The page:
My most played game – Overwatch. Sometimes maddening, other times hilarious, it made me think of 6v6 combat as a puzzle. What playstyle do I prefer? How can I use that to help the team and accomplish the objective? It doesn’t hurt that that characters have a lot of personality, thanks to the wide variety of emotes and voice lines.

Persona 5 – Effortlessly stylish and cool, and yet utterly WTF in the way only a Japanese role-playing video game can be, you literally live day-by-day as a maligned Japanese high school student. But at night, you become a Phantom Thief, where you enter distorted dimensions and fight warped mental perceptions in order to make reality a better place. Fight monsters, manage your time. friends, and resources, and see if you can make a difference.

Wolfenstein: The New Order would have likely been my game of the year if I hadn’t seen how many hours I put into Overwatch. Released in 2014, this installment of the Nazi-killing franchise envisions an alternate timeline where the Nazis triumph and BJ Blazkowicz must resist and survive. This game could’ve easily been an ultraviolent run and gun (and can be if you want) if not for two pleasant surprises – 1) broken stealth mechanics so if you want to be sneaky and kill someone by throwing a knife at a guy’s knee, go for it and 2) the writing which makes for some deeply intimate moments for the game’s cast of characters. The New Order does a great job making things incredibly personal for our protagonist and his friends, something that I felt was lacking in this year’s sequel The New Colossus. Add in the trauma of this past year’s politics? Violence can be cathartic. Resistance can be healing.

Seedship is an interactive fiction game written in Twine. You are a ship AI that is tasked to find humanity’s next home. It’s a simple game, challenging and fascinating. The game gave me a sense of wonder and occaisionally loneliness. It’s very much like life, I suppose. You do your best with what life has given you and hope for the best.

dumpart:

I need help! I’m planning on making a VERY story based game where the player gets to choose how it goes with many different pathways and many endings. One of the ending I’m very confident about (like I think it’s the best one) but the other ones… Not so much. My question is, how do you write a story that goes an entirely different direction? Where you have to think of all the possibilities? Thank you so much for reading this, I just need some advice

idareyoutowrite:

From what I know about most games, the endings while varied depend on only a few decisions, usually moral ones. For example, in Bioshock, here’s then an ending for good morals (saving all Little Sisters), one or two endings for grey morals (saving most or half), and an ending for bad morals (reaping all of them). That makes the alternate endings more simple as they only hinge on one or two decisions–and really only repetitions of one decision–rather than countless variables in continuity. If you wanted, though, you could of course make things more complicated.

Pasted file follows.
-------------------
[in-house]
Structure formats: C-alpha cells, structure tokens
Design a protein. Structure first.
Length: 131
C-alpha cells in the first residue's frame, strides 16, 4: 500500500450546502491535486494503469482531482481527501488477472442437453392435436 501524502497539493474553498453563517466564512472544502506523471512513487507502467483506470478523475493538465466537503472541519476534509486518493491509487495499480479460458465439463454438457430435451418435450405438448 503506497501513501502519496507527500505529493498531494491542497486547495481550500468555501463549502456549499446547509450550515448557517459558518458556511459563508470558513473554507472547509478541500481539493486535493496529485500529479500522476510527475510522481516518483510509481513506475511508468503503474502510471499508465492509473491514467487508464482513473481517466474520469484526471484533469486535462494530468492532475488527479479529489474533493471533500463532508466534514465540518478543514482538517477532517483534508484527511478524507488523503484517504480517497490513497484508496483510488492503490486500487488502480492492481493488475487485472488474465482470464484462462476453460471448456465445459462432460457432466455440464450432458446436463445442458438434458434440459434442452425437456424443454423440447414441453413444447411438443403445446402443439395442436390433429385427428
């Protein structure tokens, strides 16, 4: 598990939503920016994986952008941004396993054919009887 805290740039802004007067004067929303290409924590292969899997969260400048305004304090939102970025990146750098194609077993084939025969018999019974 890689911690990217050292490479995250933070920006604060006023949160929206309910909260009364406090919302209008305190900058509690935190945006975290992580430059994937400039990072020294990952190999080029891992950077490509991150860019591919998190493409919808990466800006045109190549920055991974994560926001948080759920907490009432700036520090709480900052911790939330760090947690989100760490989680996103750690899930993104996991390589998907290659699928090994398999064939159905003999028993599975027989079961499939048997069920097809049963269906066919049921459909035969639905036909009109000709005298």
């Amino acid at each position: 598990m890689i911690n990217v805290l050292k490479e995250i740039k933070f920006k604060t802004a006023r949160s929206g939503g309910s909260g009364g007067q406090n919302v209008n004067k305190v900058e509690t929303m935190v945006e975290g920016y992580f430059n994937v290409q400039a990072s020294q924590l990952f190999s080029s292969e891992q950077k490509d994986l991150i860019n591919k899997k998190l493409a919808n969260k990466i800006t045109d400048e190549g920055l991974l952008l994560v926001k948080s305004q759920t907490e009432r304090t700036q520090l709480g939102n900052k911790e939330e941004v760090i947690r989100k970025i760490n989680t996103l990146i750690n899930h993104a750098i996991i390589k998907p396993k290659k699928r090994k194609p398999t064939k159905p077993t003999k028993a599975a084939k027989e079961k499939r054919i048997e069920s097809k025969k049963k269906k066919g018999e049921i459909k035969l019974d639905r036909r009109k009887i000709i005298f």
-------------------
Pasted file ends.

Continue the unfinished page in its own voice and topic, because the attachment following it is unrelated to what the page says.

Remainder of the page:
Really, an alternate ending is like any other story. Stories are a series of choices and consequences. So, to achieve an alternate ending, you would need to write alternate stories or at least alternate timelines indicating which choices lead to which consequences. Depending on the amount of choices you want, you will have many endings or only a few. Keep in mind that each decision will lead to a whole branch of choices and each of those to an entire tree of alternate storylines. 

I haven’t done this myself but I would assume that the best way to keep track of this would be either in the form of a table or perhaps a tree diagram such as they use in statistics.

Again, I’ve never done this before myself so I admit I’m a little out of my league. 

If anyone else has anything to add, as always, feel free to comment.

I find Interactive Fiction and story-based games fascinating because the player is the main character. Therefore, what the player has in mind may not be what the author has in mind.

Here’s an example – the player-character comes across a bully and their friends demanding money from someone. 

What can the player do?

  • try to stop the bully
    • is the player able to convince the bully to stop with words?
      • what if the player fails?
    • is the player able to stop the bully with action?
      • what if the bully and their friends are stronger?
      • what if the player hits first and asks questions later?
    • what if interfering makes things worse?
    • what if the player succeeds, but the bully will come back when the protagonist isn’t around?

That’s a lot of options and possibilities, just for trying to do one thing. What if the player wants to do nothing? What if the player wants to join forces with the bully in order to try and get some of the money? What if the player wants to go get help? What if the player wants to kill everyone?

These types of questions can also be applied to non-player characters as well. What if the bully decides to double-cross the player and try to take their money as well? What if the person who owed the money never intended to pay back their debt? What if the bully really needed the money? After all these factors, how will the player-character be perceived by the story world afterwards? What would be the worst-case scenario for every choice the player-character made?

It’s very difficult to anticipate all the possibilities, because you can play “what if?” until your imagination runs out. It’s a balance between expecting and/or directing the player-protagonist’s choices. As @idareyoutowrite said, it depends on how complicated you want your game to be and what choices you want to make available to the player, the protagonist character, and everyone else in your game.